Vino In My Dino

Harvest Know how: Berry Maturity

September 4, 2015 14:24

Grapes, like most growing things, have stages they will go through in order to achieve the desired combination of ripeness for a specific wine. I chose today’s post to take a look at our Sangiovese and how it achieves proper maturity for our Alto Vineyards selection.

The four stages of development in grapes range from the green stage, the ripening stage, the ripe stage and the overripe stage. Obviously we target the ripe stage because in this state the resulting wine will benefit greatly when sugar, acid and pH are at their optimum levels. Like the story of the three bears, you want the fruit not too sharp (acidic or green), not overly ripe (alcoholic), but just right.

The composition of a berry on a bunch is comprised of seeds (10%), skin (5-12%), juice (containing fructose and glucose), many nutrients and minerals in minuscule amounts, and water (70-80%). You’ll see in the photo below I have cut a berry in half and then taken out the seeds. These are chestnut brown color; this color is one of the ways to determine the right moment to pick. Sampling, as seen in a previous post, will confirm when the fruit is ready by measuring the sugar, acidity and pH.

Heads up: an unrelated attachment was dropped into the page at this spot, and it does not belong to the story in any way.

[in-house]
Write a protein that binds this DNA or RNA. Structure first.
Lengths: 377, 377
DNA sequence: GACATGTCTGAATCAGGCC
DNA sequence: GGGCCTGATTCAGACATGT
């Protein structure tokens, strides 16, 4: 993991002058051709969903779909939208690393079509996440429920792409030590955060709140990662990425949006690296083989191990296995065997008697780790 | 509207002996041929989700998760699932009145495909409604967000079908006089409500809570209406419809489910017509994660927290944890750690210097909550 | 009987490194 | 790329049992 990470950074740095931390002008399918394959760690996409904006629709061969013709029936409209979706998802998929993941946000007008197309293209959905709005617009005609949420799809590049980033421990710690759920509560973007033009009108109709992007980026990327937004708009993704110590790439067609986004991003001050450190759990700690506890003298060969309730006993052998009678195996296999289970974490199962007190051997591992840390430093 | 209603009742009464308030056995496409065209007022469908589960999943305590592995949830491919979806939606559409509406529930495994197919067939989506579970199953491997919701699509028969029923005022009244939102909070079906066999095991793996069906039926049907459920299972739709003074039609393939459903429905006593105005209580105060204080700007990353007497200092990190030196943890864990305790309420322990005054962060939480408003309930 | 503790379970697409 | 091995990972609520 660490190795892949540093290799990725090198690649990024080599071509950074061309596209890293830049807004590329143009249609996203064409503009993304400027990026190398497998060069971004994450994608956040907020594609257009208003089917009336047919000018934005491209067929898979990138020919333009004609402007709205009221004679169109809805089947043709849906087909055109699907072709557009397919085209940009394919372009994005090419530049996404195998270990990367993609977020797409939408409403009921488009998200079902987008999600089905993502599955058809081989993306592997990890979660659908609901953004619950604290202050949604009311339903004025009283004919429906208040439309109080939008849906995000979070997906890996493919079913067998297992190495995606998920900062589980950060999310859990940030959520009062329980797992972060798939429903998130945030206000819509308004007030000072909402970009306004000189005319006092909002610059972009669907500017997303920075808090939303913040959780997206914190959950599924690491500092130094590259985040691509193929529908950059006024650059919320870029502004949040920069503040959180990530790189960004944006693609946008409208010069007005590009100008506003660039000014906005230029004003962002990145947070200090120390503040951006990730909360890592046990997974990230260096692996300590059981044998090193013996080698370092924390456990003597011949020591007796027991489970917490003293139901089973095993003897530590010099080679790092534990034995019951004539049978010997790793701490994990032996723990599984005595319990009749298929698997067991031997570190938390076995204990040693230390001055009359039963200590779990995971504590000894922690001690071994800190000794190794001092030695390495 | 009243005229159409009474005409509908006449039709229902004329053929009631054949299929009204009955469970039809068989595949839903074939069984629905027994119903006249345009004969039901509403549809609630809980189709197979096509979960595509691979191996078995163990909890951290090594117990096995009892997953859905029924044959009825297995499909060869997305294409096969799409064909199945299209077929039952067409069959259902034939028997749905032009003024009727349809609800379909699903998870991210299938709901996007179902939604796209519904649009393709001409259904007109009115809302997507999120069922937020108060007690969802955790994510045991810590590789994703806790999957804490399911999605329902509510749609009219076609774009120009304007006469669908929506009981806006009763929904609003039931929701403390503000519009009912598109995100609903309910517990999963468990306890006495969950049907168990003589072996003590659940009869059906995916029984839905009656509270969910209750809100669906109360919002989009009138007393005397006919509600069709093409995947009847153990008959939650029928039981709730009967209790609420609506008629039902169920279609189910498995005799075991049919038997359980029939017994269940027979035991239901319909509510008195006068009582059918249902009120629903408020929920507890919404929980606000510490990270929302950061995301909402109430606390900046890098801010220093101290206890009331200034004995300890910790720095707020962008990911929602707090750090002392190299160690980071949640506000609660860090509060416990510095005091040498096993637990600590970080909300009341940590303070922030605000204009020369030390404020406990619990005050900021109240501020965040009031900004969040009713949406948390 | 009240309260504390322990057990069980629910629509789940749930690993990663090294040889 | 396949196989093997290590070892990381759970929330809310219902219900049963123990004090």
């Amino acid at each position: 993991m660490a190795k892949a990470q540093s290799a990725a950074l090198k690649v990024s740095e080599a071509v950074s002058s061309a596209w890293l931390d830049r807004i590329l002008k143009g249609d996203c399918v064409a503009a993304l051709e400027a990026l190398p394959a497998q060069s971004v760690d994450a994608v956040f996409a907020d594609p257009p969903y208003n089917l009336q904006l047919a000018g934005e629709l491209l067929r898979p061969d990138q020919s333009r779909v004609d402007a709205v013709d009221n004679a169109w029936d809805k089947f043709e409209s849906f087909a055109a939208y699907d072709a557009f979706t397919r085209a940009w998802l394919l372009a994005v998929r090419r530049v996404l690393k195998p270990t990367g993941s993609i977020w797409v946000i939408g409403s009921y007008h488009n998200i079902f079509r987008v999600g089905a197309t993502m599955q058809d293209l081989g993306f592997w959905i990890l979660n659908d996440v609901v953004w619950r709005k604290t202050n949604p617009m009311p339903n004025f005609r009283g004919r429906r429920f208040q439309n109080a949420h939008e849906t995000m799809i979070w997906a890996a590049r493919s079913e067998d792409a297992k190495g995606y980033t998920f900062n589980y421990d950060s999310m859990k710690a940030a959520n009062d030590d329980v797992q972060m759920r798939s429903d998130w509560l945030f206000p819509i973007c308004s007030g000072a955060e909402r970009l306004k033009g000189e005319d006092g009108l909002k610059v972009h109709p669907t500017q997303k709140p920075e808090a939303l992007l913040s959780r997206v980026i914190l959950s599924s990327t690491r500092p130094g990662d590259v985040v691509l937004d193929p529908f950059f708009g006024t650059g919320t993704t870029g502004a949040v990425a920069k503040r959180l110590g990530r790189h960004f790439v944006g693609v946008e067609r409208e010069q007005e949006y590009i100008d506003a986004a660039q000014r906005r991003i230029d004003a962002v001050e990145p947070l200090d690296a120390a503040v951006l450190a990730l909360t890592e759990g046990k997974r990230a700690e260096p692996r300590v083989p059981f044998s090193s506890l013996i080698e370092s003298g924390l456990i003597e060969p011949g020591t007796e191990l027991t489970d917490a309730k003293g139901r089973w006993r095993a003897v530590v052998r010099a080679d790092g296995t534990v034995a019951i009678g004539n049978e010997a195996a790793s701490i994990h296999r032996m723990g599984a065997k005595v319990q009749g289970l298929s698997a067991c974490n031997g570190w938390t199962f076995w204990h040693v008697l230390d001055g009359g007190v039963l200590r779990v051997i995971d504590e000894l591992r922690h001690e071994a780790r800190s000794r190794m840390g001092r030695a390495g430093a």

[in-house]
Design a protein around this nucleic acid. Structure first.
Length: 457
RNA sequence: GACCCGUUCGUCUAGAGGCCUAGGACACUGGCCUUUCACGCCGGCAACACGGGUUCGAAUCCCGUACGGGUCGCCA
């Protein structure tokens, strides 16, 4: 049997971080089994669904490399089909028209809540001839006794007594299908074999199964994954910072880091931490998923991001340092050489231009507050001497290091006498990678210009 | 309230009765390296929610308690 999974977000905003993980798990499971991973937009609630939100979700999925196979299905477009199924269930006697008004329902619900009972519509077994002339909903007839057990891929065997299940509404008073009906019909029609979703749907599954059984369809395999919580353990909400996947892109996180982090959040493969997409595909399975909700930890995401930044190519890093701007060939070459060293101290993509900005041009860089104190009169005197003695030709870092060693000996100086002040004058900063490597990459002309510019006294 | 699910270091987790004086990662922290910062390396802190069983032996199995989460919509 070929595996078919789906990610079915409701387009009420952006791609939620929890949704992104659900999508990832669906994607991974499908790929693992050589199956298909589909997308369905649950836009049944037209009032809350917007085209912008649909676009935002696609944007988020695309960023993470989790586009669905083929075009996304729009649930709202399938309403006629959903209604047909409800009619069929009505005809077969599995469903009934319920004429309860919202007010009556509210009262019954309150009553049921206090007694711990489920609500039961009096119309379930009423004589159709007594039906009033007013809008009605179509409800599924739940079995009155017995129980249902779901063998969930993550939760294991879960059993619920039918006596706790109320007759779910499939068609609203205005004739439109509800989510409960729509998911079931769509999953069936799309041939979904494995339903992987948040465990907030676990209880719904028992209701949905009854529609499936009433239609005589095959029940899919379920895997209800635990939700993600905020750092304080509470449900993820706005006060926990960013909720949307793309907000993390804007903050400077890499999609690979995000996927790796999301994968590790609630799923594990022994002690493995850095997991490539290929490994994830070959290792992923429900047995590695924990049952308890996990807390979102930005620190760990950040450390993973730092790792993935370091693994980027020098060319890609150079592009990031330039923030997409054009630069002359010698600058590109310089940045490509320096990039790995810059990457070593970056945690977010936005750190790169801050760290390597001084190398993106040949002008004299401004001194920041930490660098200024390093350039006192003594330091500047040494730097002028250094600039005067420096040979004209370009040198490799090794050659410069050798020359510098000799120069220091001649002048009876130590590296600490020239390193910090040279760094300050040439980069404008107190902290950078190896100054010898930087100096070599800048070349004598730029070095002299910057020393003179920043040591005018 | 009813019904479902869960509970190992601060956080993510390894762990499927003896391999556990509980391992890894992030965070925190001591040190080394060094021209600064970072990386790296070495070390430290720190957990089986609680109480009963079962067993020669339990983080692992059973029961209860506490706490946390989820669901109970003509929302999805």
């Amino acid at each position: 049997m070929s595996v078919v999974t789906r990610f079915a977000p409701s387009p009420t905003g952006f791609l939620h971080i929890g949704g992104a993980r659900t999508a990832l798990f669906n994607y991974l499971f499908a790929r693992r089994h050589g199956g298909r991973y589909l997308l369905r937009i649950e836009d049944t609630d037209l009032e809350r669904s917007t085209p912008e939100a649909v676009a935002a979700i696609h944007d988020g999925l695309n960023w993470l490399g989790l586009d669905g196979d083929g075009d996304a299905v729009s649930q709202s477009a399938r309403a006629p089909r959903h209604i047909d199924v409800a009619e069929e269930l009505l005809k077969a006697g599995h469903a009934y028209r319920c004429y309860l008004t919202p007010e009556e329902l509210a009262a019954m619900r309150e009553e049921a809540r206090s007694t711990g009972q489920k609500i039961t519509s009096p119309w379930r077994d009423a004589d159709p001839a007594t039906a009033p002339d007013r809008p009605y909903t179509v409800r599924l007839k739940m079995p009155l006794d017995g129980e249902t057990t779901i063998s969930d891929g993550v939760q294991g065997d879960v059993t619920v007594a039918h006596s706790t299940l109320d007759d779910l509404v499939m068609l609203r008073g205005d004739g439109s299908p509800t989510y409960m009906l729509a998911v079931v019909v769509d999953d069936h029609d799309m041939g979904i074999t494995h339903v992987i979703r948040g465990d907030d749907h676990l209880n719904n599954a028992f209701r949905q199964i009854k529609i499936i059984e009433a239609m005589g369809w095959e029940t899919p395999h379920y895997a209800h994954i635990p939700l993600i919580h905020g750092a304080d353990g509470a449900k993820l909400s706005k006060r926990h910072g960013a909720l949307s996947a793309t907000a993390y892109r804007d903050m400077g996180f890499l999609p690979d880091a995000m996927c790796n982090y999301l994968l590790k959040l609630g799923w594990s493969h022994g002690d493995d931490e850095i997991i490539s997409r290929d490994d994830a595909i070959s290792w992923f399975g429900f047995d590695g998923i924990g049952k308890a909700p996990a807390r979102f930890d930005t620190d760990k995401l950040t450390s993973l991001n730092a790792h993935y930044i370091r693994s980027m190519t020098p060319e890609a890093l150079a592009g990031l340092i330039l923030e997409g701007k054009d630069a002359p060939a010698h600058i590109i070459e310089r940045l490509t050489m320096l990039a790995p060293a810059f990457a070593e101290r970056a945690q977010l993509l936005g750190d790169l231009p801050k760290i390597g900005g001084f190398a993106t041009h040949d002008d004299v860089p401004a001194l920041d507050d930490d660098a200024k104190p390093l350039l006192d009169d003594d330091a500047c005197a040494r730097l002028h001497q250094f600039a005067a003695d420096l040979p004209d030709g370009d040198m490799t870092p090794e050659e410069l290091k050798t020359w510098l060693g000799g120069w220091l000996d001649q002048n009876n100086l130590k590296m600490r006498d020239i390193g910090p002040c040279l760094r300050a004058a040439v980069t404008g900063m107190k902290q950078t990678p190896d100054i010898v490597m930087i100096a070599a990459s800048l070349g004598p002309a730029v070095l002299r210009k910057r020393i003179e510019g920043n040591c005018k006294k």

Once the fruit was destemmed at the crush pad, the Sangiovese berries (juice, skins, seeds) made their way to the fermenting tank. Here the cellar crew takes an overall look at the combined Brix (sugar), acidity and pH of the 15.1 tons in the tank. There is a total Brix (sugar) of 25.2, total acidity of .765 and pH of 3.11. Over the next 10 days or so, in temperature controlled stainless steel tanks, the fermentation process will convert the sugar to alcohol and it is recorded as seen in the form below.

Sangiovese Chart

To give you an idea of these three components in a finished wine here are the stats on our 2012 Sangiovese: alcohol (formerly known as Brix) 14.1%, total acidity is .690g and pH is 3.43. A splash of Sangiovese in my Dino as the harvest continues.

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